Lessons in Professionalism

 Debbi Conrad  |    December 08, 2016

Some licensees may tend to think that the National Association of REALTORS¬ģ‚Äô Code of Ethics is a set of highbrow, aspirational rules that don‚Äôt really come into play in the real world, but you know differently. The articles and standards in the REALTOR¬ģ Code of Ethics have a significant impact on daily brokerage practice.

Arbitration for commission: Articles 16 and 17

In divorce there may be hesitation, and another agent slides into the fray!

The property was listed with a 5 percent commission. The listing agent showed the buyer the property, and they negotiated. Alas, although the buyer was interested, he was reluctant to proceed immediately because of his impending divorce. The listing agent stayed in touch with the buyer ‚ÄĒ but the next thing the agent knew, a buyer‚Äôs agent showed the property and wrote the offer for that very same buyer. The offer says the seller agrees to pay the buyer‚Äôs broker‚Äôs fee of 3 percent on behalf of the buyer at closing. The listing agent modified the listing contract to have the seller pay a 6 percent commission to be split 3 percent to the listing agent and 3 percent to the buyer‚Äôs agent.¬†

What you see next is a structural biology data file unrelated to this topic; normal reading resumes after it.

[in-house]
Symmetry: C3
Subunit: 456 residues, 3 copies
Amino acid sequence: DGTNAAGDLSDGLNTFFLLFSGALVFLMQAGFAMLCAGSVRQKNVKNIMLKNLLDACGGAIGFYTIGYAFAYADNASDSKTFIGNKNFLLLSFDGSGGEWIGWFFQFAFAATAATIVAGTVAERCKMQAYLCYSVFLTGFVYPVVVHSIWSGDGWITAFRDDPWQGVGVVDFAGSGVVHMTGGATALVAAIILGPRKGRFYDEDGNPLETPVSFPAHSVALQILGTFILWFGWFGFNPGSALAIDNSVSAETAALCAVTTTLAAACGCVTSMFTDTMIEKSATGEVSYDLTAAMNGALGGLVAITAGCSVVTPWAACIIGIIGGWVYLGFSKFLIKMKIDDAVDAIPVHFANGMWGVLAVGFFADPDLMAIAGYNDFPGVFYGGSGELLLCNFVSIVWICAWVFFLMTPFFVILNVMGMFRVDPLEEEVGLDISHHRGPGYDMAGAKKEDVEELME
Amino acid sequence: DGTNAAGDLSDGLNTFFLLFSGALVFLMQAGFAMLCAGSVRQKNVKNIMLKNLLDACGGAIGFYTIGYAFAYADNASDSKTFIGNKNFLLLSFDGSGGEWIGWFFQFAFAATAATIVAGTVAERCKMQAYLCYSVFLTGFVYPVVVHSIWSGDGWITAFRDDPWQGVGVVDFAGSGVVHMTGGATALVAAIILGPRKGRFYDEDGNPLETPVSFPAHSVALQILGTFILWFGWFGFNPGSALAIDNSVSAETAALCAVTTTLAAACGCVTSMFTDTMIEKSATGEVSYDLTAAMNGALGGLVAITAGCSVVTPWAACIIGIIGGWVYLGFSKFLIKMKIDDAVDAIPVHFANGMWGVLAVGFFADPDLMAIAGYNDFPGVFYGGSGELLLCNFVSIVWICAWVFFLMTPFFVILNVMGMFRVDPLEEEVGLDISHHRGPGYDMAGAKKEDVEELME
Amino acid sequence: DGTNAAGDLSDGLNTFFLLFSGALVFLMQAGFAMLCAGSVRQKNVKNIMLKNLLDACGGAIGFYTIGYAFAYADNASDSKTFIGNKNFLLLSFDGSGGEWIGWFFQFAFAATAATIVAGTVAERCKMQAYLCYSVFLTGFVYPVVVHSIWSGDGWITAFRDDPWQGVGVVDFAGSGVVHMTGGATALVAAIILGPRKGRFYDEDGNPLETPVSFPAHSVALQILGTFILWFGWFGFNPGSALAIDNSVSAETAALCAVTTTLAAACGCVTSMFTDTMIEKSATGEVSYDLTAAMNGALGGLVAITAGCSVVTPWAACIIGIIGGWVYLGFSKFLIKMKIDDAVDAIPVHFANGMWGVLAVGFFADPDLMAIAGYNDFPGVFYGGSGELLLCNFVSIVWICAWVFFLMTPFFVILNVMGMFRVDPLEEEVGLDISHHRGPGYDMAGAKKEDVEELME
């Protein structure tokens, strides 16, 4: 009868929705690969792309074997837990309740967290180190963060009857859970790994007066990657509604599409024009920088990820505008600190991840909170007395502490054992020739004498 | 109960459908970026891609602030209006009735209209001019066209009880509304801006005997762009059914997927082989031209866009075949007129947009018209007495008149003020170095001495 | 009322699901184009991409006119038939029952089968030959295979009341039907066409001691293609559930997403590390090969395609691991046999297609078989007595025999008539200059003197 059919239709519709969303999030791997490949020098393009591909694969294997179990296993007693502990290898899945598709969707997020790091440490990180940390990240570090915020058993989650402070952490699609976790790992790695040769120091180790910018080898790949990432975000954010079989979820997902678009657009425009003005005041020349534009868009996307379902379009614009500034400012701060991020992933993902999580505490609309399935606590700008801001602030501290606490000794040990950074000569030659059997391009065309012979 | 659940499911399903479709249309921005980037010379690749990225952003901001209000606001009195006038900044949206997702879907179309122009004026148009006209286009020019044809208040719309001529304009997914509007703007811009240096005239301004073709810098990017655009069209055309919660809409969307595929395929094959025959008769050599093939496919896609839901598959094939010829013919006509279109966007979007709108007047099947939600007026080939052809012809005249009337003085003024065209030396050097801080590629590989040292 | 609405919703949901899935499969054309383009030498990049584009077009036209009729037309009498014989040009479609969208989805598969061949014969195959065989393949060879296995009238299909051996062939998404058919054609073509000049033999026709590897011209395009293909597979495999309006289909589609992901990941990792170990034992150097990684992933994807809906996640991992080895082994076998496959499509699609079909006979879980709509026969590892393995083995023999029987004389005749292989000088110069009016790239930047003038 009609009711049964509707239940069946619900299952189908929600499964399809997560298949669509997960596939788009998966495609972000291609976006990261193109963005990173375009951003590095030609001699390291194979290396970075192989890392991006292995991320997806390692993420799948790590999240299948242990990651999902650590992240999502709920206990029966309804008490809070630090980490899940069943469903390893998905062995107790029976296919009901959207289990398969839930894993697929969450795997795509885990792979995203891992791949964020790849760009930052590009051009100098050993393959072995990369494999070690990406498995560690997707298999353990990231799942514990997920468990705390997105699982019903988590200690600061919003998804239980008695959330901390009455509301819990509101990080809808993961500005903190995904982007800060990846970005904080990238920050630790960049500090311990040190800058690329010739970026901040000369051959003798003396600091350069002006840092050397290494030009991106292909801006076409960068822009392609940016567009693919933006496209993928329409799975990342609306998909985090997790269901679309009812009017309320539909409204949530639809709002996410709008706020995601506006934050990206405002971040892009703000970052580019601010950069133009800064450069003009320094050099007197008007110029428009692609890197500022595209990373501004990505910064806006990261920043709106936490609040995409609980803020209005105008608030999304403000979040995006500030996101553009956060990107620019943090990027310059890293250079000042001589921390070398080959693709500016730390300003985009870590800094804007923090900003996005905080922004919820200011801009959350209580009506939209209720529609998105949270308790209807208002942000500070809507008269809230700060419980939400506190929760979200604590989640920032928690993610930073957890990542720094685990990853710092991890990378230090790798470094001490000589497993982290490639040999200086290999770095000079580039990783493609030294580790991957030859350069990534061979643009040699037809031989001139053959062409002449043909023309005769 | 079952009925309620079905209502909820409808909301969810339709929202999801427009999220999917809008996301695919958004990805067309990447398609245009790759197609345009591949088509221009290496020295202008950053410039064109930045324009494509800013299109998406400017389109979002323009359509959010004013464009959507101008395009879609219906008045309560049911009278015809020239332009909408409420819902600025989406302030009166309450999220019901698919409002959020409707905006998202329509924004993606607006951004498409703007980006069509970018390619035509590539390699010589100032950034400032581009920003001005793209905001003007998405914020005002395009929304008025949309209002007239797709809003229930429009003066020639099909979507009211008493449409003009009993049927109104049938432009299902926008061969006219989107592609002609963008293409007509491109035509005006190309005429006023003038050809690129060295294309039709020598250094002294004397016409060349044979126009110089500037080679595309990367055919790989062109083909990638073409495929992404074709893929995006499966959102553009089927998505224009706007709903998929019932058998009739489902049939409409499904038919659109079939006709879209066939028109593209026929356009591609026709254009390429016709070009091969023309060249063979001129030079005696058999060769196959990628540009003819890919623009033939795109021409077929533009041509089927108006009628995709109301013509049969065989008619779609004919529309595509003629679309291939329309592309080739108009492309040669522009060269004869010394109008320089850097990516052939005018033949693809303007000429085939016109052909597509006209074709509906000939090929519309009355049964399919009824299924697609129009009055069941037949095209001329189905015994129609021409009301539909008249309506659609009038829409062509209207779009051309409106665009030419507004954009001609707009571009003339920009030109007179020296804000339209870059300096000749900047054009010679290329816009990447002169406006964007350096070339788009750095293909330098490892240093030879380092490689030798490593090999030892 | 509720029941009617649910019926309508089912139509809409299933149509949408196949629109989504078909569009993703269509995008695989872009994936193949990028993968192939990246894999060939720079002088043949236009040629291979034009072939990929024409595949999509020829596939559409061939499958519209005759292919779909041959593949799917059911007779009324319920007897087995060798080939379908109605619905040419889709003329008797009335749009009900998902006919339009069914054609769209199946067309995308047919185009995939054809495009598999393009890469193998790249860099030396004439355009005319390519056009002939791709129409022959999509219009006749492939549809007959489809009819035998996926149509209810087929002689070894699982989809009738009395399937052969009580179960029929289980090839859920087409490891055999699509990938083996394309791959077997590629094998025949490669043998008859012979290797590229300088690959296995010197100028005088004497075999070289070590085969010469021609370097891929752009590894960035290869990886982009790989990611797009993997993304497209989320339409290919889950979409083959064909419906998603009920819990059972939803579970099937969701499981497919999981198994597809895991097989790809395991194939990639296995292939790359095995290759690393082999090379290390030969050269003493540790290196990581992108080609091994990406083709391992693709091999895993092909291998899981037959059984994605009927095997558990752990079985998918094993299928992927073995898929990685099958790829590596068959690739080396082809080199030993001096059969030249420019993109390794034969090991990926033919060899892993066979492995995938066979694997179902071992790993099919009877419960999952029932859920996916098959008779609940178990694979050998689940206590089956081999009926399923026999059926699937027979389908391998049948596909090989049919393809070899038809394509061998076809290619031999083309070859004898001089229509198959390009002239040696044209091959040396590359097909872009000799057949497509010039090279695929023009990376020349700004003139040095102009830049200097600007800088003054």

The buyer’s agent believes that there can be no arbitration because the seller is paying the 3 percent per the offer, not pursuant to MLS compensation, and that it wouldn’t matter any way because she is procuring cause because she is a buyer’s agent.

  • The fact that the offer is written with the buyer asking the seller to pay the buyer‚Äôs broker‚Äôs fee is acceptable. Article 16 of the Code of Ethics and NAR Case Interpretation #16-17 indicate that a buyer‚Äôs broker may ethically suggest or recommend that the buyer ask the seller to pay some or all of the buyer‚Äôs broker‚Äôs fee. In other words, a buyer may condition an offer upon the seller paying the buyer‚Äôs broker‚Äôs fee on behalf of the buyer as a seller‚Äôs expense.
  • The buyer‚Äôs request for the seller to pay the buyer agency fee does not necessarily prevent REALTOR¬ģ arbitration. Article 17 of the Code of Ethics sets forth criteria for REALTOR¬ģ arbitration that may apply. Specifically, Standard of Practice 17-4(5) provides that (a) if a buyer‚Äôs broker is compensated by the seller and not by the listing firm, (b) the listing firm consequently reduces the commission owed by the seller, and (c) the listing firm ends up claiming to be the procuring cause, then that is arbitrable. In such cases, arbitration would be between the listing firm and the buyer‚Äôs broker, and the amount in dispute is limited to the amount by which the listing commission was reduced.¬†